Let’s be clear. I hate Halloween.
Oh I know what you’re thinking. How can you not like Halloween? When I tell people, they look at me like I’m stupid, like I’m a freak, or a heretic.
“Isn’t that, like, sacrilegious or something?” said Kitty when I told her back in my freshman year. Yes, I know, Kitty isn’t the brightest, but she’s a good friend, one of my closest, and one of the few sane people at this stuck-up, stuffy college.
But she’s wrong about Halloween. I hate it. I hate the dressing up, I hate the whole paraphernalia of the costumes and the parties and the invites and the build-up. I hate that whole thing about being forced to go through the same rituals as everyone else and pretending that you’re having a good time while you’re standing in a corner dressed as Catwoman being inexpertly groped by a vampire Abraham Lincoln. Okay, maybe that’s a very specific complaint, but it was just one of my many depressing Halloween experiences.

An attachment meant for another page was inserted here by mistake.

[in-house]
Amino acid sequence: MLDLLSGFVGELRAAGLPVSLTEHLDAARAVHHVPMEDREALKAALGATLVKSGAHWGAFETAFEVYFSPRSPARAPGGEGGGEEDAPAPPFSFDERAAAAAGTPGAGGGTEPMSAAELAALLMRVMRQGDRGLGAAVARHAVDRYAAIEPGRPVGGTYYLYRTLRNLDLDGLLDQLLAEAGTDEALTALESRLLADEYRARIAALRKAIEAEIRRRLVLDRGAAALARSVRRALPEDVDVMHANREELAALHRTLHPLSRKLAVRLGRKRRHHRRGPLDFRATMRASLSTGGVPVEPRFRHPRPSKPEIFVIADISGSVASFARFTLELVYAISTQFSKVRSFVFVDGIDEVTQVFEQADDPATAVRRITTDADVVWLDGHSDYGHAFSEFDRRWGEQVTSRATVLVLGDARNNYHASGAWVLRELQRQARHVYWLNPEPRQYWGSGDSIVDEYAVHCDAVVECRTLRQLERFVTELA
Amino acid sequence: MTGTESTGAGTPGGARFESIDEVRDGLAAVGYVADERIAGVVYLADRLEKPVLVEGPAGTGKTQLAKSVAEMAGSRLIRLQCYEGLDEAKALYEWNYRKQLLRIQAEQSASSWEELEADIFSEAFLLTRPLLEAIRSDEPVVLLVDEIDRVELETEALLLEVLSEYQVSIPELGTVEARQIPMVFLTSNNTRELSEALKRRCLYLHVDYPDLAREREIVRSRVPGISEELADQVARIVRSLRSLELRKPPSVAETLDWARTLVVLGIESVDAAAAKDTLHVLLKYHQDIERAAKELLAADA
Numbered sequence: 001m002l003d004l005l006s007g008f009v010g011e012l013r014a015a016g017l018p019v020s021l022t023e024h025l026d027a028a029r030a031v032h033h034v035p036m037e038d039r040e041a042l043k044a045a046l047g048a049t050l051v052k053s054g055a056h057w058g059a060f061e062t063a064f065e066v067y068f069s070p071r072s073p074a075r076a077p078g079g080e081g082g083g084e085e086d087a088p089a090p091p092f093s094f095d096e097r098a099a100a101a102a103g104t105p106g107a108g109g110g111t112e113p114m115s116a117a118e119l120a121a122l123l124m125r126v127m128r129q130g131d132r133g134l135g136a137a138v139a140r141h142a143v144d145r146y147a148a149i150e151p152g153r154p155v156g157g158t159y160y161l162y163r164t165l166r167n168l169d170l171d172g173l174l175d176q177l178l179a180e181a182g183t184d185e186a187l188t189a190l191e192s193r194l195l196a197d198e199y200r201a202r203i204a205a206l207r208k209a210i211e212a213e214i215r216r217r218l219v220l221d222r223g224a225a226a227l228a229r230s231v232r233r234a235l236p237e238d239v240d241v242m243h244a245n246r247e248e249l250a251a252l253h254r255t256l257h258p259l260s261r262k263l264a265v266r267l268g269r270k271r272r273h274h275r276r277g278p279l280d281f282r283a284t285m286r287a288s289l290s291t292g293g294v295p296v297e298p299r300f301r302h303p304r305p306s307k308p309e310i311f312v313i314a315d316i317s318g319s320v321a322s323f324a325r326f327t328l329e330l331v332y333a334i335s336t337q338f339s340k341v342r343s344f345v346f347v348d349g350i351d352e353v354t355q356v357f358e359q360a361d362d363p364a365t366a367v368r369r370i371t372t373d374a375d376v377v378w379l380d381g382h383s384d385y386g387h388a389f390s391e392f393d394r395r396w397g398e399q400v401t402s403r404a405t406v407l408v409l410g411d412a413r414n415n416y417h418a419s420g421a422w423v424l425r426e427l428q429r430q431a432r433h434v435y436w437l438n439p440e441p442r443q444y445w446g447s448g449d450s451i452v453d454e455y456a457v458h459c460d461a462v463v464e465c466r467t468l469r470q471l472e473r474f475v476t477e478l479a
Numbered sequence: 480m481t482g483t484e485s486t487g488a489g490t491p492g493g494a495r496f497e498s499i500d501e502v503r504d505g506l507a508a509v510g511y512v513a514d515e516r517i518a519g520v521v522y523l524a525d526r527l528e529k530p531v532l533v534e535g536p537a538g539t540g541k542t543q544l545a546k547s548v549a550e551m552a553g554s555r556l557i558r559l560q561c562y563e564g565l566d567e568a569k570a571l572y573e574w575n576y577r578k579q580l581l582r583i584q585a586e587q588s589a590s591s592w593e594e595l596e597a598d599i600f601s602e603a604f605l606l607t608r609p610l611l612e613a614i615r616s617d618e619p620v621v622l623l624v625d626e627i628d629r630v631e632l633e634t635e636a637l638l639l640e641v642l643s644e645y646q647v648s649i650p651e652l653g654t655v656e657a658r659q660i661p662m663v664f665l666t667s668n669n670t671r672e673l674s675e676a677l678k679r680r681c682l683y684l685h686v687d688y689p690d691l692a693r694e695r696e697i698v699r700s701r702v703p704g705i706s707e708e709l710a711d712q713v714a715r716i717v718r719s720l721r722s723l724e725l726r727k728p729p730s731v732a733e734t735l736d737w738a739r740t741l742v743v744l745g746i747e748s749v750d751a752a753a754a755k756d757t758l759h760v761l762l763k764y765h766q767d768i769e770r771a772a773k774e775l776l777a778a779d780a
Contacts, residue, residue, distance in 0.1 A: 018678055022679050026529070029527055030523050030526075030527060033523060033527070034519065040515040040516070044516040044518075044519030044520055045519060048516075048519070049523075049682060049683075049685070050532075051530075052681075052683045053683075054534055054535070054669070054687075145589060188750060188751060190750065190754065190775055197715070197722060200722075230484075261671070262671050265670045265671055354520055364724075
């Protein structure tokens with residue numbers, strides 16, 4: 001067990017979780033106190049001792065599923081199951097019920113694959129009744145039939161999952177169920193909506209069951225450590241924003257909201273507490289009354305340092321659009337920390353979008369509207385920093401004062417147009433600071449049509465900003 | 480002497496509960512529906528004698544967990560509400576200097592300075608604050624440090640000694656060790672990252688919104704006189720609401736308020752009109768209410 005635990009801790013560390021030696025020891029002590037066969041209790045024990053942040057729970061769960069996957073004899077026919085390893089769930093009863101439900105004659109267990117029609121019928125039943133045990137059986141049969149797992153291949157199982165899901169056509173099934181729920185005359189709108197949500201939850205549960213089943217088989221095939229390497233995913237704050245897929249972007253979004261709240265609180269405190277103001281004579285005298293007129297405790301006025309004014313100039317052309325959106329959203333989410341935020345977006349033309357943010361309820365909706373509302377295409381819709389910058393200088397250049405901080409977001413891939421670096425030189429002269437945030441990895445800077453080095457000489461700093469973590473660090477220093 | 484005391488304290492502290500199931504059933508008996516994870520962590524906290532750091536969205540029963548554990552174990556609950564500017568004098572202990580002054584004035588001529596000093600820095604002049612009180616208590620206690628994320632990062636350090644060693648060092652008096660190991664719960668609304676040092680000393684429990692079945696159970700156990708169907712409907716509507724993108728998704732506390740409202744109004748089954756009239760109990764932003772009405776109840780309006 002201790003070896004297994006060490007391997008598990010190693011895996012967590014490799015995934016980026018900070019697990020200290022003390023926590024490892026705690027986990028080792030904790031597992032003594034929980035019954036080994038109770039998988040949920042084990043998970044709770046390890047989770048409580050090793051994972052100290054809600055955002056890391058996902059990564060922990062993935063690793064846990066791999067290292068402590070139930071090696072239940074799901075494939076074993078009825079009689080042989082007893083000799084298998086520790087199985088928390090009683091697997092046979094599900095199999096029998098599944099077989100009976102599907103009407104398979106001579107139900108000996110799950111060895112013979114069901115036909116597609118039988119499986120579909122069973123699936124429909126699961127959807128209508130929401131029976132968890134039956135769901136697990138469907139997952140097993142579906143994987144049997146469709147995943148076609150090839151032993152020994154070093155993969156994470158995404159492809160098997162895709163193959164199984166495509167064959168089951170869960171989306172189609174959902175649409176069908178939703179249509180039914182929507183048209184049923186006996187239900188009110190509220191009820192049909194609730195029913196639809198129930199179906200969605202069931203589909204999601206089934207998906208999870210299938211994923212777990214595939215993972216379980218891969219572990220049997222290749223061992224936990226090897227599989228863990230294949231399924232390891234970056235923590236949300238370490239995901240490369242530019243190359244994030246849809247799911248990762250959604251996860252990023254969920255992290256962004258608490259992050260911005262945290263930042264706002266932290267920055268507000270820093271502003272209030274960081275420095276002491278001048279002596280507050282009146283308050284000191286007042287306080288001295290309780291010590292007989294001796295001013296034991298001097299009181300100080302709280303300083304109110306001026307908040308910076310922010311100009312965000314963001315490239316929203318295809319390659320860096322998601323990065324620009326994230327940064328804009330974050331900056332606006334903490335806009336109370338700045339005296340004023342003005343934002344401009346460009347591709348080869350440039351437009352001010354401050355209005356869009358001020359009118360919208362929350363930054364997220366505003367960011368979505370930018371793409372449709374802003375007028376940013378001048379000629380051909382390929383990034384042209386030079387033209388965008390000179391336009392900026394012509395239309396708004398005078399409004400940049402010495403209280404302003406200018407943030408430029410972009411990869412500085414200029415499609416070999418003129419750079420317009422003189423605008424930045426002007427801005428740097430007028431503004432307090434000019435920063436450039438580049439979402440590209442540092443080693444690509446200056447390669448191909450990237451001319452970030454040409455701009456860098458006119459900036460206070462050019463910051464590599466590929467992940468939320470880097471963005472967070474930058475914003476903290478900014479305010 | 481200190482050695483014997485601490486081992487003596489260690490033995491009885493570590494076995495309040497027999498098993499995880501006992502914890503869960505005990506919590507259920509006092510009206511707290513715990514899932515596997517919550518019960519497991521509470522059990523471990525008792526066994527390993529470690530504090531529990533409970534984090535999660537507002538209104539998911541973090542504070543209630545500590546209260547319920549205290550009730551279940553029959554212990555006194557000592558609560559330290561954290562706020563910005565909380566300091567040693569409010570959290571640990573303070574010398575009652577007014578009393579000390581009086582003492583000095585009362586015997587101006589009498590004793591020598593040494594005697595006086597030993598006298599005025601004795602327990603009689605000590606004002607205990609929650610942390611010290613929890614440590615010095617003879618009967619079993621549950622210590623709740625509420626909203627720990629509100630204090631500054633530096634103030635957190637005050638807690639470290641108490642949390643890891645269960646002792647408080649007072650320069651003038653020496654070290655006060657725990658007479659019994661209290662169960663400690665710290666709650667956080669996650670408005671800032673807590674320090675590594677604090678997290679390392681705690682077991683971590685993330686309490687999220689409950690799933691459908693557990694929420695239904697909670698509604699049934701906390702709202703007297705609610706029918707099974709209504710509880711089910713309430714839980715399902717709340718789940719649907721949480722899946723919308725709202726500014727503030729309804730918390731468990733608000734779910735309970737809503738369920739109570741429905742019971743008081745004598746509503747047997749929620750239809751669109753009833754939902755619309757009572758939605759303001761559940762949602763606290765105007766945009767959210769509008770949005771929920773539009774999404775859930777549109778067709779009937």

All of which probably explains why fate decreed that I should go through the most intense, most incredible, most intense Halloween ordeal that anyone has ever experienced ever. Maybe I exaggerate, but not much. It’s like one of those cheesy Christmas movies, where the grouchy Christmas hater is forced by a series of emotionally charged but unlikely events to embrace the true meaning of the holiday. Well I don’t know if I learned the true meaning of Halloween but hell did I learn a few things!
It started the day before Halloween last year.
Well technically, it started fifty years before that, when the St James Hospital for the Elderly was finally closed to the public following the murder of one of its patients, George Avalon.